The message about disease prevention from health officials will be the same message you've heard before the rivers rose.
Wash your hands, and whatever else, that comes into contact with water from the flooding, especially if it's standing water in an area contaminated by raw sewage. But you should pretend your mother is saying it, and saying it over and over, with an edge in her voice, like the kind she used when you refused to stay by her side at the grocery store. Don't make them repeat this again: Wash your hands.
"The message now has more meaning," said Kelly Campbell, spokeswoman for the Weld County Department of Public Health and Environment, "and we are saying it more forcefully."
The health department is even handing out free tetanus shots at the disaster recovery center housed at the Island Grove Regional Park Events Center. If you haven't had one in 10 years or close to it, and you've been in the floodwaters, those are a good idea, Campbell said. The health department will give them out through Thursday and then reevaluate the need.
Coming into contact with floodwater, even raw sewage, is a low health threat, Campbell said, unless you have an open wound. You should clean up as soon as possible and disinfect your clothes as well.
The problem is the potential for injury is high if you're cleaning up any kind of a flooded area. Sharp edges cause cuts, barb wire can jab, and floodwaters carry both, said Myrna Kamper, a nurse with wellness services at North Colorado Medical Center. Even a tiny cut or opening is enough to cause problems, and a splash in your eye is as well. The floodwater isn't clean, even if it's not the sewage flowing around flooded spots in Evans. The water could be carrying chemicals, oil and gas, residue from feedlots and many other unpleasant things. Even the mud the water leaves behind should be considered contaminated, Kamper said, and all of it could carry e coli, salmonella, giardia and Hepatitis A. There is a Hepatitis A vaccine that's good for life, but that's the only illness listed that has one.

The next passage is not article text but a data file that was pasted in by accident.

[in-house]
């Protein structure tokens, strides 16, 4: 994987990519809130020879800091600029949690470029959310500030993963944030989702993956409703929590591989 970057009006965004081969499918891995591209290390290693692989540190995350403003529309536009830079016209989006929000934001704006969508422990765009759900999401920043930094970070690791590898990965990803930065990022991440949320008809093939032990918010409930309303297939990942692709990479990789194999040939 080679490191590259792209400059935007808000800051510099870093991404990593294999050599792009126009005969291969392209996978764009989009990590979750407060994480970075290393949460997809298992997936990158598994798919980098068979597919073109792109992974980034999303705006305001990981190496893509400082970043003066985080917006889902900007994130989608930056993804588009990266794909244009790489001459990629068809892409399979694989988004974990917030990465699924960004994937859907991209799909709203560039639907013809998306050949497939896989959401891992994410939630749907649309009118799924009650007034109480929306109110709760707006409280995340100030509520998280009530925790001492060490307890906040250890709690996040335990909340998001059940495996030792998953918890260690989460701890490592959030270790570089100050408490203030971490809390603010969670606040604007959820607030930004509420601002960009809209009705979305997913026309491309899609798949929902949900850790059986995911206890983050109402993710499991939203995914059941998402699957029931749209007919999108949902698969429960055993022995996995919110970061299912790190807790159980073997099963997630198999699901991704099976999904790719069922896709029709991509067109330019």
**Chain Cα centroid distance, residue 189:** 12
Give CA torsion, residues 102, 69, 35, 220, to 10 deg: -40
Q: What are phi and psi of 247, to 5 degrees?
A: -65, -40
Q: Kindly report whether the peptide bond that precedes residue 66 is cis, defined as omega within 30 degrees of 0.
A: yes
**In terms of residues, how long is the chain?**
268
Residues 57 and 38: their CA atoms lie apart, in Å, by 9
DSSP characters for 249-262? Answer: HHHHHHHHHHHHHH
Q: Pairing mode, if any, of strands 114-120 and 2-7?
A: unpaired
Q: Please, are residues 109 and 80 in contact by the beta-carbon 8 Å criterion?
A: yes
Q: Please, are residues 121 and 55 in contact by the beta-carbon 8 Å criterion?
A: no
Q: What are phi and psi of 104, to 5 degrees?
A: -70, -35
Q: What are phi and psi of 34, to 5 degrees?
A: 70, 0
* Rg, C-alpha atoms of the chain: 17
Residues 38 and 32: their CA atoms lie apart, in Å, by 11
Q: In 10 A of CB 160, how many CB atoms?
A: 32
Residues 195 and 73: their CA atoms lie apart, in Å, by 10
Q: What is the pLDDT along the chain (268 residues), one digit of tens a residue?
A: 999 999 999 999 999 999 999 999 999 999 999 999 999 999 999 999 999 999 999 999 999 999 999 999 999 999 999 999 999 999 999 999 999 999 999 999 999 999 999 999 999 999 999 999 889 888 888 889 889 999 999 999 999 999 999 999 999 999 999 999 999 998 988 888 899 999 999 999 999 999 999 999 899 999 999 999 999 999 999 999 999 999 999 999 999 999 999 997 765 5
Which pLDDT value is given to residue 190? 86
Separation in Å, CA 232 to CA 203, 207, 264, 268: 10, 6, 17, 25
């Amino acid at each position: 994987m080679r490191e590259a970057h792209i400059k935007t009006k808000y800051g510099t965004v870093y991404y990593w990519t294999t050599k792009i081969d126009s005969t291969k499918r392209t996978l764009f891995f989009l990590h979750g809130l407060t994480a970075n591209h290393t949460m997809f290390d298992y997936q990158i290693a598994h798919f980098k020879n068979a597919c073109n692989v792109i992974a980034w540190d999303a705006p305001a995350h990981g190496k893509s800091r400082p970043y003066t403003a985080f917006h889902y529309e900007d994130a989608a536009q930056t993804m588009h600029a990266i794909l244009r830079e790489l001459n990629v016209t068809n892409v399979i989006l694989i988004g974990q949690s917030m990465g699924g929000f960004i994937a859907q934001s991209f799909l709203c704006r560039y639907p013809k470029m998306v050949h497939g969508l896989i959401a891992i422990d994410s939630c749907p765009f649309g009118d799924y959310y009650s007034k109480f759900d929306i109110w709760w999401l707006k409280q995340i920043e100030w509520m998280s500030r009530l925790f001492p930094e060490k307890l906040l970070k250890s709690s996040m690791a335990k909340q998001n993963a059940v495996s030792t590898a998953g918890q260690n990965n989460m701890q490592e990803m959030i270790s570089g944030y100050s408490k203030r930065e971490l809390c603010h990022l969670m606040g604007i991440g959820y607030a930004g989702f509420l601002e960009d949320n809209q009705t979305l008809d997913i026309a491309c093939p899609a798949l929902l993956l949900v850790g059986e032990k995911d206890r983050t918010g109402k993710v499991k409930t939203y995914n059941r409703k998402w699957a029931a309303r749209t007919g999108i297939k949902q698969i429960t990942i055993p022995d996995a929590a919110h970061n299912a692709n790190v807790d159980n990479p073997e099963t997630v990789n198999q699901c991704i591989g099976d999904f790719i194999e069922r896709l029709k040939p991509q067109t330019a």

You'll hear the same message you've heard many times about the West Nile Virus, and that's to eliminate as much standing water around your property as possible, Campbell said. But reports that the virus may explode as a result of the flooding may have been exaggerated. The culex tarsalis, the species of mosquito that carries West Nile, are hunkering down in the fall's lower temperatures, not seeking out blood meals. As the fall gets even colder, it should help limit mosquitoes in general. Those areas that do have heavy infestations had them before the flood and probably won't be a problem for much longer.
"We might see a little bump in mosquitoes," Campbell said, "but it should be temporary."
The health department is also concerned about mold, although again, the fall's cooler temperatures should help limit it for now. That, along with many other concerns, may be more of a problem in the spring. ___